bettman wants 2 yr max contracts, lol. Players union has been a joke for so many years it’s time it took a stand and doesn’t flinch.
With any luck the next CBA outcome will be the one that gets bettman fired and most of the old boys club in the front office.
Regime change is long overdue.

Posted by Slumpy from Detroit on 06/25/11 at 08:30 PM ET

cs6687's avatar

The players will have to accept a rollback. It’s inevitable. When the NFL gets a new CBA that gives the players less than 50 percent of revenues, the NHL is almost certain to follow. And if the players don’t agree, then get ready for another lockout. The owners already sacrificed one season to get what they want. Don’t think they won’t do it again.

The reason for the rapid increase in the cap is because of the five-percent inflator clause, which has been used all but once in the last six years. And while that is the owner’s fault for allowing that provision, it’s not really reflecting the actual growth of the league. And yes, the floor should be dropped. Everyone agrees with that.

In the next CBA, the players will reluctantly accept another rollback and lose their five percent inflator clause, as well as get less of the revenue pie. If not, get ready for another lockout.

Posted by cs6687 on 06/25/11 at 08:32 PM ET

cs6687's avatar

Slumpy, I have yet to read anything suggesting Bettman wants a two-year maximum contracts. That’s poppycock. But a league that doesn’t cater to the Red Wings isn’t worth having, right?

Posted by cs6687 on 06/25/11 at 08:33 PM ET

monkey's avatar

Bettman hates long term contracts.  That is a fact.

Posted by monkey from Praha, Česká republika on 06/25/11 at 08:42 PM ET

cs6687's avatar

The long-term contracts like Kovalchuk’s, Bryzgalov, Franzen, and Zetterberg? I do too. They are cheater contracts. I’m pretty sure that’s what he means.

Posted by cs6687 on 06/25/11 at 08:52 PM ET

Avatar

You hit the nail on the head. What CBA is going to make it impossible for owners to lose money? None, as long as GMs and owners continue to make bad decisions in non-traditional hockey markets.

No one thought that the NHLPA won the last round of bargaining. If small-market owners are unhappy with the result, it’s hardly the players’ fault.

Posted by K on 06/25/11 at 09:24 PM ET

cs6687's avatar

It’s the owners fault with this CBA. No one can dispute that. The owners will get what they want. It’s just the way it works.

Posted by cs6687 on 06/25/11 at 09:28 PM ET

Avatar

All they need to do with regard to those contracts is make it so that the actual salary is the cap hit instead of averaging the total salary over the term.

Posted by Garth on 06/25/11 at 09:28 PM ET

Avatar

The reason for the rapid increase in the cap is because of the five-percent inflator clause, which has been used all but once in the last six years. And while that is the owner’s fault for allowing that provision, it’s not really reflecting the actual growth of the league. And yes, the floor should be dropped. Everyone agrees with that.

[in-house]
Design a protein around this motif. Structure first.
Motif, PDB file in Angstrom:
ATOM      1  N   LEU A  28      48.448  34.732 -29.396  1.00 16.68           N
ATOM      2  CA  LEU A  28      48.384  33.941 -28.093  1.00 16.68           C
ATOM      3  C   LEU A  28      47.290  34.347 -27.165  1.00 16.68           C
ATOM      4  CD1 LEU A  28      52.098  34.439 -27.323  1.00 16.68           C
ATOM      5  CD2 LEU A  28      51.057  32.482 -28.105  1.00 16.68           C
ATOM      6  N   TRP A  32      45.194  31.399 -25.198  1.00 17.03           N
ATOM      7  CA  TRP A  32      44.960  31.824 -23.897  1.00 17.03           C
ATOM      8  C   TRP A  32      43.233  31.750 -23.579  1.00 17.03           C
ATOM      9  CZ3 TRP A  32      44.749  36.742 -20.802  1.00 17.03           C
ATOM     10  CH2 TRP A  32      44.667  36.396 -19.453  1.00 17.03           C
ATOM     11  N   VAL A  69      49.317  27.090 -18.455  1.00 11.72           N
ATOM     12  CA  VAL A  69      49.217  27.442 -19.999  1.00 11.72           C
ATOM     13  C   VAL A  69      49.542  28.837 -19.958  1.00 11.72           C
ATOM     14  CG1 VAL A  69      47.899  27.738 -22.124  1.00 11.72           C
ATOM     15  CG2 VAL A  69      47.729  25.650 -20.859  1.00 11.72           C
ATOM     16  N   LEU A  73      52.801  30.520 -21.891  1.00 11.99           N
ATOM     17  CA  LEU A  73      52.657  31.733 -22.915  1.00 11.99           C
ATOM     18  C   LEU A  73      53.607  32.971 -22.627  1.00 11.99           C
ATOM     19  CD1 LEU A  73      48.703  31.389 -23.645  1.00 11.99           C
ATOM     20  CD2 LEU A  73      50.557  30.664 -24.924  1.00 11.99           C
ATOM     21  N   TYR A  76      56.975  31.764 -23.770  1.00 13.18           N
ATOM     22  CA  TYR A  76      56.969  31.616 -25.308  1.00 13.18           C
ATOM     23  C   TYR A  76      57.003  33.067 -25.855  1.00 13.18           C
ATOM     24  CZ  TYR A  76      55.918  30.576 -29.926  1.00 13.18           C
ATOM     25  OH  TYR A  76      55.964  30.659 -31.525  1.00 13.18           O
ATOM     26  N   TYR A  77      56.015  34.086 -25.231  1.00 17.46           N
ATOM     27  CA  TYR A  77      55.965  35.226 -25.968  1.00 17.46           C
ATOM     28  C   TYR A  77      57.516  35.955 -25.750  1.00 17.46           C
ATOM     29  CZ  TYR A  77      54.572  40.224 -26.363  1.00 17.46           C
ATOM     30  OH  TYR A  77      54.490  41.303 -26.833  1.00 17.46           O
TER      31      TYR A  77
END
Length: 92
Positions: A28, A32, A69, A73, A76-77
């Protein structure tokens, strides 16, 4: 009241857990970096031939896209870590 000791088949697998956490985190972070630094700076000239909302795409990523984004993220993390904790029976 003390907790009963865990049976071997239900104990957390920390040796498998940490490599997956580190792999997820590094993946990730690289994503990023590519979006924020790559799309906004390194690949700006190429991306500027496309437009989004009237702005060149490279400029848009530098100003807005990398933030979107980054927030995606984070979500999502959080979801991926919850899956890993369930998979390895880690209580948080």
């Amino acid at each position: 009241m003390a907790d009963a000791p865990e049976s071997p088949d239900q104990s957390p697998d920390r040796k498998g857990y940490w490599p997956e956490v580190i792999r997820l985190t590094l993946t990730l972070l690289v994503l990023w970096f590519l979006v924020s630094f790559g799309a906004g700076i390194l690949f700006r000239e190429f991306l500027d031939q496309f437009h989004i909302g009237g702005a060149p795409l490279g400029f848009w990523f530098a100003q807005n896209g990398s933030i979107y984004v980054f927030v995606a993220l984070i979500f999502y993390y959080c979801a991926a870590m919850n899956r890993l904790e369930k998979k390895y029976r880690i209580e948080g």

This is flat out wrong. The two reasons for the cap’s rapid increase are 1) the cap was set too low coming out of the lockout and 2) revenues have gone from $2.1 billion to 3 billion over the years since the lockout. The players are locked into a fixed percentage (57%) of the revenue.

The five per cent inflator clause is part of the CBA because the cap is first set based on last year’s actual revenues. It is then increased to account for the (probably correct) expectation that revenues will rise next year. (If they do not actually rise, player escrow will go up. Player salaries over the player’s share of the revenue is refunded to the teams in a way that benefits the poor teams.)

If the league wants to stop that 5% inflator they have the same right to block it as the players do. The league always leaves it up to the NHLPA because it really doesn’t matter to them.

The cap increases does reflect league growth - precisely. The problem is the same as it was before the last lockout. Most of the revenue increases are concentrated in the big revenue teams in a league where more than 90% of revenues are generated locally. There is a huge - and growing - gap between the top revenue generators and the sad sack franchises.

The average franchise generates about 90 MM locally. Phoenix generates about $40 MM locally and several other franchises aren’t much better off. From Bettman’s perspective there is only one possible solution - increase the subsidies to keep the zombie franchises afloat and make the players pay for it with a smaller percentage of the revenues.

Posted by Tom Benjamin on 06/25/11 at 10:11 PM ET

cs6687's avatar

The players are locked into a fixed percentage (57%) of the revenue.

Only when the annual revenues are $2.7 billion or more. Second section on first page…

http://www.nhl.com/ice/page.htm?id=26366

And it is only fair that if the players keep choosing to apply the inflator, that they accept a rollback of salaries. Again, it is imperative to eliminate that clause because it hurts the lower revenue teams for competitive and financial reasons, like Campbell writes.

Posted by cs6687 on 06/25/11 at 11:32 PM ET

Baroque's avatar

The problem is that even if the players are forced to roll back salaries, and accept a lesser percentage of revenues, as long at the most profitable teams are still making money hand over fist, the salary cap and floor will keep going up as well because a mean (as opposed to a median as a measure of central tendency) is much more sensitive to outliers.